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I think this panel wiring is pretty messed up but I want to confirm I'm looking at it correctly.

My house is from 1960 and has mostly the original ungrounded wiring (2-wire cloth NM) for branch circuits. The panel inside the house, where all of the branch circuits originate, is actually a subpanel. It's fed by a 100A breaker on the main/meter panel, located outside. The house subpanel is a retrofit circa 1985.

It looks to me like the 4-wire subpanel feed was wired with the ground going to the left bus, and the neutral on the right. I don't see any strap connecting the two busses, and no bonding screw on the neutral side. So the ground and neutral bars do seem to be isolated in this subpanel. But it looks different to photos of other panels I've seen, where the two busses on either side of the breakers are tied to neutral, with a separate ground bar off to the side.

In my case the branch circuit neutrals are wired to either side without any regard except for which was closer. Only one circuit has an EGC going back to the panel (a 240v circuit for the AC condenser) and that EGC is landed to the neutral side. I understand you might mix ground and neutral in a main panel where N and G are bonded, but not in a sub.

Mainly I want to see if more experienced people agree with my assessment of what's going on with the left and right busses.

EDIT: Adding a photo of the wiring diagram on the panel. On the diagram it looks like there is a strap that connects the two busses, but I cannot see it. If it exists it is behind the plastic frame which seems odd.

Also I do not see the neutral bonding screw in the location shown on the diagram.

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Here's a shot of the text at the top of the panel diagram:

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  • Can you post photos of the labeling on the inside of the panel's door please? Also, can you post a photo clearly showing what's going on at the bottom of the panel's interior for that matter? Commented Sep 5, 2022 at 1:06
  • Can you add a photo that shows the text cut off at the top of your existing photo of the panel's labeling please? Commented Sep 5, 2022 at 14:20
  • So, you need some accessory ground bar kits, or at least one, made for your panel. It's perfectly normal to not see the neutral strap, especially with the breakers in place. And a sub-panel should not have a bonding screw in place (nor should it have grounds on the neutral busses)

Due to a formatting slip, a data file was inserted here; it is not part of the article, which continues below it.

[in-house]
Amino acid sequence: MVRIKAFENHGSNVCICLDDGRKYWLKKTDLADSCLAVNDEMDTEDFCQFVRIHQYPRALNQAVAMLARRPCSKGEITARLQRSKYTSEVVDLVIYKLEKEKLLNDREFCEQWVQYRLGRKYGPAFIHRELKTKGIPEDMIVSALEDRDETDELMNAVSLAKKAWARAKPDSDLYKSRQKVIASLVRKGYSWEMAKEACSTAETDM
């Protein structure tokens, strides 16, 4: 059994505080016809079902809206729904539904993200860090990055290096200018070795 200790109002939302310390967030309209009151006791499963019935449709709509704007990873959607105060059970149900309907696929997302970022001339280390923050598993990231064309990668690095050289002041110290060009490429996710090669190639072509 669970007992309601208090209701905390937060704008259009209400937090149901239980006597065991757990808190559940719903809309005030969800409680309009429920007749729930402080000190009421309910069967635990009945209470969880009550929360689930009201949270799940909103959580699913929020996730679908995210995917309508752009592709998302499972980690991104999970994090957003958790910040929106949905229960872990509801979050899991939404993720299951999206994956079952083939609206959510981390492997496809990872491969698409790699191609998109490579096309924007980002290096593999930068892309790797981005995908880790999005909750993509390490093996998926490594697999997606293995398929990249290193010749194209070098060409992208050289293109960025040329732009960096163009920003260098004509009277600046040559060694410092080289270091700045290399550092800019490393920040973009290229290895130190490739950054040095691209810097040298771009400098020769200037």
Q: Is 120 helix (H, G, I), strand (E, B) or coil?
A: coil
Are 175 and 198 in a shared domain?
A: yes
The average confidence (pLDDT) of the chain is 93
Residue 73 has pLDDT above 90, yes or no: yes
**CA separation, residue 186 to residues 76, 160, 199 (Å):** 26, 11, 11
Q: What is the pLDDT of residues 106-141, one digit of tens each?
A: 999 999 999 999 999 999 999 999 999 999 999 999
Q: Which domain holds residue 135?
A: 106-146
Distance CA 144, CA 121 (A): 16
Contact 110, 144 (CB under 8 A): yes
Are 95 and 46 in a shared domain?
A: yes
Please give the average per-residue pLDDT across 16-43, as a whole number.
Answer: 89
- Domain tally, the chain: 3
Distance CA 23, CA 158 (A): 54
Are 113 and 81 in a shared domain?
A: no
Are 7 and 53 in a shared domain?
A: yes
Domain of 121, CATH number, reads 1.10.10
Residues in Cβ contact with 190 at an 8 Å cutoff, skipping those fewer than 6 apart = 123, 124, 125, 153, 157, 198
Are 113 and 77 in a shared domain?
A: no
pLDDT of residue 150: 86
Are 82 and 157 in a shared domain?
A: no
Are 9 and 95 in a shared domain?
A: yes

– Ecnerwal
    Commented Sep 5, 2022 at 14:30

2 Answers 2


The original installers weren't on the same page

While it looks like the actual panel may have been installed more or less correctly for a split-neutral setup (removing the tie strap and moving any bonding screw present to the left-side bar) with a four-wire feeder, whoever came back in and installed the branch circuits screwed up by slobbering their neutrals all over the place. Worse yet, you have too many neutrals (14) for a split-bar setup to even be an option in your situation, and Siemens doesn't sell replacements for the tie bar the original installers removed and promptly threw away.

So, you'll need to do some work to retrofit this panel. First off, you'll need to use a length of 4AWG white copper wire to jumper between the two neutral bars, as that's the best we can do under the circumstances unless the original tie bar is somehow hiding under the bottom breakers. Second, we'll need to make sure that there are no bonding screws connecting the left-hand bar to the panel cabinet. Finally, you'll need to get an ECGB10 and install it in the upper left, moving the incoming grounding wire and the ground wire for the air conditioner to that bar.


It looks like you have neutral bars on left and right, neutral going to a neutral lug connected on the right, and the ground wire incorrectly connected to a neutral screw on the left.

If you want to make 100% sure this is the case, disconnect the feed neutral and ground wires and any additional ground wires and then:

  • Check for continuity between left and right neutral bars. It should show 0 Ohm. If not, see ThreePhaseEel's answer for how to fix this.
  • Check for continuity between the neutral bars and the cabinet. It should show no connection. If it does show a connection, look for a screw connecting the neutral to the panel (bonding screw).

If all is well, then:

  • Install an accessory ground bar (ECGB10 - Thank you ThreePhaseEel for the specific part number.)
  • Move the main ground wire and any additional ground wires to the ground bar.
  • 1
    Thank you all. I am inclined to agree with ThreePhaseEel, but I need to verify that the two busses are not connected as Mannassehkatz suggests.
    – Robert
    Commented Sep 5, 2022 at 16:16
  • While folks are looking at this, I just realized I may have an issue with the two tandem breakers occupying slots 5 and 7. They do not seat fully compared to the other breakers. I now read that an ITC class load center will physically prevent tandem breakers from being installed except in certain locations, and some panels may not allow any tandem breakers. With 20 full size slots and a 125A max rating, mine could be the latter. Can you tell from the label/diagram?
    – Robert
    Commented Sep 5, 2022 at 16:30
  • 1
    Based on the diagrams I have seen elsewhere, it would appear that your panel can't take any tandems. Plus I suspect in the part # G2020ML1125 that 2020 = 20 spaces, 20 circuits (i.e., no tandems allowed), 1 = 1 phase, 125 = 125A max. Commented Sep 5, 2022 at 17:05
  • 1
    That sounds right to me. So they must have hacked at the breaker or something to get it to sort of fit. The can of worms gets deeper...sigh. All I wanted to do was add a ground so I could extend a circuit.
    – Robert
    Commented Sep 5, 2022 at 17:14

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